MTPConnect and ARCS Australia have signed a Memorandum of Understanding (MoU), agreeing to work closely together for the benefit of the MedTech, biotechnology and pharmaceutical industry.
In a signing ceremony at the ARCS Scientific Congress today, MTPConnect Chair, Dr Bronwyn Evans, said she was delighted that ARCS were now officially one of MTPConnect's education affiliates, given the huge importance of up-skilling the sector in order to drive growth.
"ARCS is well respected for its role in the education, training and networking people working in the scientific disciplines of regulatory affairs, clinical research, health economics, medical affairs, medical information, pharmacovigilance and associated disciplines in the MTP sector, with a 2,000-person strong membership.
"This expertise in education dovetails with MTPConnect's remit to maximise the sector's competitive advantage and establish Australia as an Asia Pacific hub for medical technology, biotechnology and pharmaceutical companies.
"Building a skills and knowledge base to embed a commercialisation culture that pulls research through to market development is one of our six strategies to drive sector competitiveness and productivity. Our affiliation with ARCS will certainly assist in achieving this goal, and we are anticipating similar MoUs with key industry organisations to support the breadth of our remit in future," Dr Evans said.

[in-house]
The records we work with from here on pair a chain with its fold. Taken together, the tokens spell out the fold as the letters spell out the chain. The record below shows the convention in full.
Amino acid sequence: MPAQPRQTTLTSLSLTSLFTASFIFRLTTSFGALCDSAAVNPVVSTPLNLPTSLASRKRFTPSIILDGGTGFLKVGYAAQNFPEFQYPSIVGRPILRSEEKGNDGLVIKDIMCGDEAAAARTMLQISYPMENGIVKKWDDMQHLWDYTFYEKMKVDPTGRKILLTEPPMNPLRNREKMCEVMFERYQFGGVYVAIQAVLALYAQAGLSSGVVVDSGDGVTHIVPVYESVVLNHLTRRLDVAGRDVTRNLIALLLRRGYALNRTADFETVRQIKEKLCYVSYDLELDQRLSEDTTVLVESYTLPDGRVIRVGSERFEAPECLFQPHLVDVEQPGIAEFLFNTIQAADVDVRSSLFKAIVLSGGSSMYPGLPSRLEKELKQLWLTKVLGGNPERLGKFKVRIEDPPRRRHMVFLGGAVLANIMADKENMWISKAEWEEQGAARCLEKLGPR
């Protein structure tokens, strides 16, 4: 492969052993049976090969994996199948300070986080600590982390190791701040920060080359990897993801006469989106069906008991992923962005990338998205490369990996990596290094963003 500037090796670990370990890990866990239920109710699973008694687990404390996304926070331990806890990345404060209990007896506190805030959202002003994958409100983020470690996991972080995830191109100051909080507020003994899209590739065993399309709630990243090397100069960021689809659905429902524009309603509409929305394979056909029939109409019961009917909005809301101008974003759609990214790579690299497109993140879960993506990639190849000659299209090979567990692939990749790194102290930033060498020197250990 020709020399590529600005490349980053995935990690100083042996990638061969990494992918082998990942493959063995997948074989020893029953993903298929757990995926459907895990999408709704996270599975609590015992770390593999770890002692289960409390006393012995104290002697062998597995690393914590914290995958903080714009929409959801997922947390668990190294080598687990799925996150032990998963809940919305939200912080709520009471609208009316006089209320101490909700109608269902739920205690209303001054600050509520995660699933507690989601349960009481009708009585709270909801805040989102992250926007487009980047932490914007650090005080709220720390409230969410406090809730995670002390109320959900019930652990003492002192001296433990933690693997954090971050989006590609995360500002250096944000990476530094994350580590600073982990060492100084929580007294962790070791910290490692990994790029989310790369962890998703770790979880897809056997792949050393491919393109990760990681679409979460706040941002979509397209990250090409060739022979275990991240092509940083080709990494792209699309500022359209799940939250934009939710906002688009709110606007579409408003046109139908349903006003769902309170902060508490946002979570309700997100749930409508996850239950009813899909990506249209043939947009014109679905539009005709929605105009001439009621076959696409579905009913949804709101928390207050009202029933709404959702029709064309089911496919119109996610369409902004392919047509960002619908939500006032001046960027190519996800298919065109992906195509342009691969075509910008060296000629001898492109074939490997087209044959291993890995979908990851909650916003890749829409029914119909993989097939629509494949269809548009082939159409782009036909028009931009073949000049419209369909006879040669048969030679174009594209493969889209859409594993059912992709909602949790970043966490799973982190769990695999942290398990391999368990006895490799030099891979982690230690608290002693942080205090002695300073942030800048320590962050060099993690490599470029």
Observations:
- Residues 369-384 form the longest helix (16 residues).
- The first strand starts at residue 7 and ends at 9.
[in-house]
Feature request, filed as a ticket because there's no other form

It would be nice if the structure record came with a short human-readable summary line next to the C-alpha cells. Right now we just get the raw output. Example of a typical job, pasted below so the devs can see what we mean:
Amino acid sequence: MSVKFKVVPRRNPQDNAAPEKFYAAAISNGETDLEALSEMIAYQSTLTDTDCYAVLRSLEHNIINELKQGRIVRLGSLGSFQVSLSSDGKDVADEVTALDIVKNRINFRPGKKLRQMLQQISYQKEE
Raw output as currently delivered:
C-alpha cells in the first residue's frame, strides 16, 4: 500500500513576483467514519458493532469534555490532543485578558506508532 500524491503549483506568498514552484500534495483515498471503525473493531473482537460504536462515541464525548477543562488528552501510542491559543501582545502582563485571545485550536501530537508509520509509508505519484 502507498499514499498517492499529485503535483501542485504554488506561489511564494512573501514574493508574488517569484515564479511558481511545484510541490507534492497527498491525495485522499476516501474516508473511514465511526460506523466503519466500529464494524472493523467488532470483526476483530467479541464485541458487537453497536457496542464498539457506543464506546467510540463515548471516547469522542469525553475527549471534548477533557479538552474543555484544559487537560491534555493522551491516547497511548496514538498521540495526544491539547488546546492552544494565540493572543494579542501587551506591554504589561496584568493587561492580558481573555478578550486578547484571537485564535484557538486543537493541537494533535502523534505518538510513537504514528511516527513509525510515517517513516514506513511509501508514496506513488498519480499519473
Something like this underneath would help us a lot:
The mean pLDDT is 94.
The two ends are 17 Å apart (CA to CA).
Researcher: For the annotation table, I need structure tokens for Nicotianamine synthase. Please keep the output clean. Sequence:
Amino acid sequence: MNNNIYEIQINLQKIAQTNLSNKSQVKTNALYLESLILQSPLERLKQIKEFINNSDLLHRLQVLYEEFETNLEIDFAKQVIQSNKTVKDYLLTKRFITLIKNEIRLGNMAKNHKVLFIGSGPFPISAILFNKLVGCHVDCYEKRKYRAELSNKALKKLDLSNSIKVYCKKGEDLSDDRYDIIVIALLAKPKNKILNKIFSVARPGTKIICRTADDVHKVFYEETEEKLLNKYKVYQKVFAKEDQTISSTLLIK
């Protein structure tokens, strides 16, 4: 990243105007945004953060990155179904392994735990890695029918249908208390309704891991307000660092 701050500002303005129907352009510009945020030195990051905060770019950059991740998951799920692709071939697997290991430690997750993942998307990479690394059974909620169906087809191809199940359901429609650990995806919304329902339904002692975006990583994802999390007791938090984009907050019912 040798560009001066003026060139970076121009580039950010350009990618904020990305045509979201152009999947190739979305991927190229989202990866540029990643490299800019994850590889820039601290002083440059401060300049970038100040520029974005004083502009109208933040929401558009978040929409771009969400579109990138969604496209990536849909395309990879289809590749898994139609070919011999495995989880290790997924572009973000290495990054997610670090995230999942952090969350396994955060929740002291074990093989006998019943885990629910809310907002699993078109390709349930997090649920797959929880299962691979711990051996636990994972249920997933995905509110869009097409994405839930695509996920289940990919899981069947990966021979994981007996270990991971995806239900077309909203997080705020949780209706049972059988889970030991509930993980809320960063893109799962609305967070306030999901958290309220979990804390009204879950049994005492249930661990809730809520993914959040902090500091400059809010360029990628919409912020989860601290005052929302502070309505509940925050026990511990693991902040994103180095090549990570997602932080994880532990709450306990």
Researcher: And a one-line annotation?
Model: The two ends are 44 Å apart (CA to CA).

ARCS Australia CEO, Dr Shanny Dyer, said that "an appropriately skilled workforce will enable Australia to compete internationally and develop a vibrant sector".
"The goals and objectives of ARCS and MTPConnect are complementary, and through our formal affiliation, we are able to amplify our efforts for the sector as a whole.
"In particular, we can jointly promote the capabilities and capacity of Australia in the sector, provide a hub for training, professional development, certification and qualifications, and build a skilled and knowledgeable work force in Australia - all vital components for a globally competitive MTP sector," Dr Dyer said.